There is considerable doubt that the Monroe Doctrine saved either independence or democracy in Latin America, but there is little doubt that it served as a justification, by President Polk and later by Theodore Roosevelt, for the expansion of American influence in Latin America. Interestingly, Metternich in central Europe saw this commonplace action of modern nationalism with the same ideological phobia that the United States sees the Soviet Union and other Communist nations. He responded to the Monroe Doctrine as follows: "These United States of America..lend new strength to the apostles of sedition and reanimate the courage of every conspirator. If this flood of evil doctrines and pernicious examples should extend over the whole of America, what would become of our religious and political institutions..."

The spirit of Manifest Destiny was strong in those very decades of the early nineteenth century when the nation was creating institutions marking it as liberal and democratic: the extension of suffrage, the popular election of the President, the spread of public education, the flowering of literature. One of the nation's leading orators, Edward Everett, in an oration commemorating the battle of Bunker Hill in 1836, told his audience:

...wherever there are men living, laboring, suffering, enjoying-there are our brothers. Look then still further abroad, honored friends and patriots! Behold in distant countries, in other quarters of the globe, the influence of your example and achievements in stimulating the progress of social improvement. Behold the mighty spirit of Reform striding like a giant through the civilized world and trampling down established abuses at every step!... Behold him working out his miracles in France, knocking off the shackles of neighboring nations in Spanish America, pursuing his course, sometimes triumphant, sometimes temporarily trodden under foot, betrayed by false friends, overwhelmed by superior force, but still in the main, forward and onward over Spain, Portugal, Italy, Germany, Greece!

The liberal West, now fat, rich, and spread-eagled over the world, points with alarm at the upstart righteousness of the Communist states, the messianic fervor of the new nationalism in Asia and Africa. But liberalism, at a similar state in its development, showed the same character Tocqueville wrote in the 1830s: "Nothing is more embarrassing in the ordinary intercourse of life, than this irritable patriotism of the Americans."

In the same period the most popular American historian was George Bancroft, who saw American democracy as God's special gift to the universe. His historical study of the United States, Bancroft said, aimed "to follow the steps by which a favoring Providence, calling our institutions into being, has conducted the nation to its present happiness and glory." Shall we rest on the explanation of "paradox" when we recall that at this same time, the nation was putting people in prison for debt, herding free men into labor gangs, under the most brutal conditions, and enslaving that one-sixth of its population which was black?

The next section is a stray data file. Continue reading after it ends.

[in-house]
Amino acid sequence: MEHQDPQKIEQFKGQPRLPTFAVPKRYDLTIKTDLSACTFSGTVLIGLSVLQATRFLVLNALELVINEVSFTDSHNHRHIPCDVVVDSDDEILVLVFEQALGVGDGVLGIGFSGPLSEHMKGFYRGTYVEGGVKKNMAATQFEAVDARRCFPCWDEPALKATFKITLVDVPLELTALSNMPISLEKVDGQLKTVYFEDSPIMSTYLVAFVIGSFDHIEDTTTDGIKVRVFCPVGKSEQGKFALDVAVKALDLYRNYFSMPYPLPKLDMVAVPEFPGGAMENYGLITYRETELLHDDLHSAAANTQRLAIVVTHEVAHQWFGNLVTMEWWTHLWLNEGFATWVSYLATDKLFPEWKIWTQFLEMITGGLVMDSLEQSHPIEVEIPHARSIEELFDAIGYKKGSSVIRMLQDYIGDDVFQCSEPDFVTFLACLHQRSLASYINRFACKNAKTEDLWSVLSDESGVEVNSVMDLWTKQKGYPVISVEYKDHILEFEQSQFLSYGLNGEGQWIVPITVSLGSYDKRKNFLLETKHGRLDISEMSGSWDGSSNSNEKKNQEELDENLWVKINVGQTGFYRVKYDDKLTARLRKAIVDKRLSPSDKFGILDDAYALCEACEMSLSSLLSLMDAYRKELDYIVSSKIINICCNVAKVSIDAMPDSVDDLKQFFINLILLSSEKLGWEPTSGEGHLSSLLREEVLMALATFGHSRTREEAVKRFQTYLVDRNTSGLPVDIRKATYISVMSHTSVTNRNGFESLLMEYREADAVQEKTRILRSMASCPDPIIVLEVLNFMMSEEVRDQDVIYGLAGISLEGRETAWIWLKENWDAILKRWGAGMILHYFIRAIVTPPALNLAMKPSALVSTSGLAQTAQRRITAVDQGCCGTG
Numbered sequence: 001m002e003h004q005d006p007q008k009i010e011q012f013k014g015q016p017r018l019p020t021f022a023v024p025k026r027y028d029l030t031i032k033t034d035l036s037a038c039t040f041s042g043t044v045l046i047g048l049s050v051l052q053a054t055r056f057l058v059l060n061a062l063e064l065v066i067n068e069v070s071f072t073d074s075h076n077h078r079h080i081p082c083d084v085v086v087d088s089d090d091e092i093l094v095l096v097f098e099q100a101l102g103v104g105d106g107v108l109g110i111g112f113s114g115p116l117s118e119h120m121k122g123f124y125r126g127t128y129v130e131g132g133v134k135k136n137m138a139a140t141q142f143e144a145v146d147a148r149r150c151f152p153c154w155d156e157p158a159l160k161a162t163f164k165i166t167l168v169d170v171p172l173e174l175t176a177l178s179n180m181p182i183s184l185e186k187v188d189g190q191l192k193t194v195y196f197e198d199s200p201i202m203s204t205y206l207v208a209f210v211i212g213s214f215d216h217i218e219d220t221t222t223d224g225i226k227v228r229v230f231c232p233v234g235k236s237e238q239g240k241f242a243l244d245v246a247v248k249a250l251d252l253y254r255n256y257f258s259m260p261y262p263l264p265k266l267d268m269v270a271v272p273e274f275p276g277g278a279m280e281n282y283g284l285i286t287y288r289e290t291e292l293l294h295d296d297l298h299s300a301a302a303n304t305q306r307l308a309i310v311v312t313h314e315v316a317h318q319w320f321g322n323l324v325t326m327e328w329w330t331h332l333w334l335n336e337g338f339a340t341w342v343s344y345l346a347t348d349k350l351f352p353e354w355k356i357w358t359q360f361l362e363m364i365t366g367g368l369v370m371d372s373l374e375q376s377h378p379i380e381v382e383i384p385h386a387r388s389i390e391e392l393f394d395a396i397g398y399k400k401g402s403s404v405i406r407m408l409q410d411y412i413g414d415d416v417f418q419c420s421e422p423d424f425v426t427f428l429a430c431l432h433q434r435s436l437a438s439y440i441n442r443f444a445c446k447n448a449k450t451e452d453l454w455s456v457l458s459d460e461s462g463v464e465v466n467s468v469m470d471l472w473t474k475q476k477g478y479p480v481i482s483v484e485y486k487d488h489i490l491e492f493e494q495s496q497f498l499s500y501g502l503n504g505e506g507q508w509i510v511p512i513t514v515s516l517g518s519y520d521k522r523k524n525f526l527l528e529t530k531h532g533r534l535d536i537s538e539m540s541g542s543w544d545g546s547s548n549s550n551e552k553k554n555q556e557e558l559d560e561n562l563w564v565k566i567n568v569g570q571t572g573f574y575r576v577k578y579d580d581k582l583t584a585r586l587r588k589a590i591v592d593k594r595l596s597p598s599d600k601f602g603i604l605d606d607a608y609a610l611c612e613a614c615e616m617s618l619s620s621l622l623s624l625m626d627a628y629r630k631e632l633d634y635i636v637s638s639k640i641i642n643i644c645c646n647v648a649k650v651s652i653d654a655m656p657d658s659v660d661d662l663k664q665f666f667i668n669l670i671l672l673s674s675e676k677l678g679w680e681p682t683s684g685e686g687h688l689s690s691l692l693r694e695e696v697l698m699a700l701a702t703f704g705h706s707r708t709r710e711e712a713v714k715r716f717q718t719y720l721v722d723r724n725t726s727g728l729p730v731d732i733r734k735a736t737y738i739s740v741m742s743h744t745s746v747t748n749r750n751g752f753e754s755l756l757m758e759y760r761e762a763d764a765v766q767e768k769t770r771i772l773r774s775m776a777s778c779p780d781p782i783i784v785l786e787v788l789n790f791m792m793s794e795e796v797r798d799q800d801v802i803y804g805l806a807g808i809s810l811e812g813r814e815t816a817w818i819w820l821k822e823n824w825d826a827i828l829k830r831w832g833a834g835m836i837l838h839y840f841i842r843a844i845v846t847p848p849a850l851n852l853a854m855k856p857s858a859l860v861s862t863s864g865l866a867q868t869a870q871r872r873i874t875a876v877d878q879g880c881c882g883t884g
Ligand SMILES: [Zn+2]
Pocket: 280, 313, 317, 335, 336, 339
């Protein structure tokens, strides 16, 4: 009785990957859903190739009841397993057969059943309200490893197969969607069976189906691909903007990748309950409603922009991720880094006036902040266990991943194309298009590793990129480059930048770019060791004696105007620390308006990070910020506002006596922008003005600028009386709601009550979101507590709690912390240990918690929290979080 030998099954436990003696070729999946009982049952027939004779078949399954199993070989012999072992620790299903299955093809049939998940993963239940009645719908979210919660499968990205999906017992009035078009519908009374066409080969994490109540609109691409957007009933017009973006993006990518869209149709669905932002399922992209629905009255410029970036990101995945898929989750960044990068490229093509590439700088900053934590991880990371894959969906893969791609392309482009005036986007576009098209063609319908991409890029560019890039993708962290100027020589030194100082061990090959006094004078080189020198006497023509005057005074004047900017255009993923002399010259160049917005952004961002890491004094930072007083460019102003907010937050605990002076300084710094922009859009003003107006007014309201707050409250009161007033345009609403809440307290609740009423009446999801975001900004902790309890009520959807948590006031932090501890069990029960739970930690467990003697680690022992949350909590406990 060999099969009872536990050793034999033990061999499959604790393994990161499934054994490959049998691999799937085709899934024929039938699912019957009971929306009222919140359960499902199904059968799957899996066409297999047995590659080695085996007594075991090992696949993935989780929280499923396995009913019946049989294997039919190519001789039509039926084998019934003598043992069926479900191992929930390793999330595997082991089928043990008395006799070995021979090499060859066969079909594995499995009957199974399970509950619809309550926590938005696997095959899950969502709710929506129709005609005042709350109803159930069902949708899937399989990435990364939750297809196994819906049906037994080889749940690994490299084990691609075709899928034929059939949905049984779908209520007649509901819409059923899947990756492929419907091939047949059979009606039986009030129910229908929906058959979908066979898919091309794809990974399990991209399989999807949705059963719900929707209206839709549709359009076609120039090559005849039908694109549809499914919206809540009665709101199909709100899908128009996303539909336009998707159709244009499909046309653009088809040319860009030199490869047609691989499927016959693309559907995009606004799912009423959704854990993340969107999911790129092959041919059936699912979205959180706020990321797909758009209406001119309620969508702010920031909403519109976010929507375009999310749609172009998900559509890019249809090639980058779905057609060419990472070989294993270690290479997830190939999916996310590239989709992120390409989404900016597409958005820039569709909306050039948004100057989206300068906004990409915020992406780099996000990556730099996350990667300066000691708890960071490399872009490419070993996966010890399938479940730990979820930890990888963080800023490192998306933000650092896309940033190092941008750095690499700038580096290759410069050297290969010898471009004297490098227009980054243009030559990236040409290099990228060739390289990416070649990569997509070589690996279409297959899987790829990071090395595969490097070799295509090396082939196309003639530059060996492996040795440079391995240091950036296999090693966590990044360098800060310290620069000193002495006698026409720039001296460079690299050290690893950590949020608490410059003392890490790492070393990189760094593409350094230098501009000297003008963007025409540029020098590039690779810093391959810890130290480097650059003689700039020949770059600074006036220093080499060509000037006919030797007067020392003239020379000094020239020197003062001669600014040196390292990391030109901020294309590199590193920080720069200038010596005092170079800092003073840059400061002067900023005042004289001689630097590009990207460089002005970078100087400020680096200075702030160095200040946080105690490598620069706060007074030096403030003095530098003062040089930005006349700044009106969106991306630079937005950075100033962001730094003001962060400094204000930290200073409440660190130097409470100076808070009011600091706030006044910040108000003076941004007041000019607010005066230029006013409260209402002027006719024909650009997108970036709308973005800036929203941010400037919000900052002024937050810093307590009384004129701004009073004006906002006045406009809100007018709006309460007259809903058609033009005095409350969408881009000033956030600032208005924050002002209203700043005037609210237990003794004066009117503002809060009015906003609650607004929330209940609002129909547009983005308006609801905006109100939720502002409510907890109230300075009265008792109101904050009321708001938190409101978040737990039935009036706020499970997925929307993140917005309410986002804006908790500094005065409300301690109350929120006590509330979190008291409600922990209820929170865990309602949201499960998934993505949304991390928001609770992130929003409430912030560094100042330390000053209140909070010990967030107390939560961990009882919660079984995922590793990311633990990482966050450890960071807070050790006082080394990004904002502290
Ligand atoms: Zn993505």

The administration of Andrew Jackson, who is seen sometimes as an early New Dealer, a conveyer of the liberal Jeffersonian tradition, was a particularly truculent one. The Cherokees were established in the South as a separate nation, by treaty after treaty which they signed with the United States. They were industrious, progressive, and peaceful. Their government was more democratic and their educational system more advanced than those of Georgia, North Carolina, and Tennessee, in whose mountain fastnesses the Cherokees maintained their society When Georgia in 1832 defied a Supreme Court ruling that only the national government had jurisdiction over Cherokee territory, Andrew Jackson supported Georgia with his famous statement: "John Marshall has made his decision, now let him enforce it."

Jackson, after all, was an old Indian fighter, and he pushed through Congress an Indian Removal Act to force the Cherokees out. A few years later, General Winfield Scott invaded with 7000 troops. The Cherokees were put in concentration camps, their homes burned, and 14,000 of them herded onto the long trek westward, the "Trail of Tears," during which 4000 men, women and children died.

Any confidence in the special benignity of a "democratic" nation's foreign policy is shaken, at the least, by this episode. Four years after the crushing of the Hungarian revolt, Premier Khrushchev of the Soviet Union declared that the Hungarian situation was now settled to everyone's satisfaction. Andrew Jackson's handpicked successor, President Martin Van Buren, said about the Cherokee removal operation: "The measures authorized by Congress at its last session have had the happiest effects... The Cherokees have emigrated without any apparent reluctance."

It was an aggressive war against Mexico that extended the nation's boundaries to the Pacific. In the 1819 treaty with Spain the United States had given up any claim to Texas. But this did not stop it from trying to bribe Mexican officials to sell Texas, as by United States Minister Anthony Butler in Jackson's administration. This failing, it gave active support to the revolution which separated Texas from Mexico and made it, for ten years, the Lone Star State. The United States had its eye not only on Texas, but on California and all the land between-about half of what was then Mexico. After Texas was annexed in 1845, President Polk sent secret instructions to his confidential agent in California, Thomas O. Larkin, to work for annexation.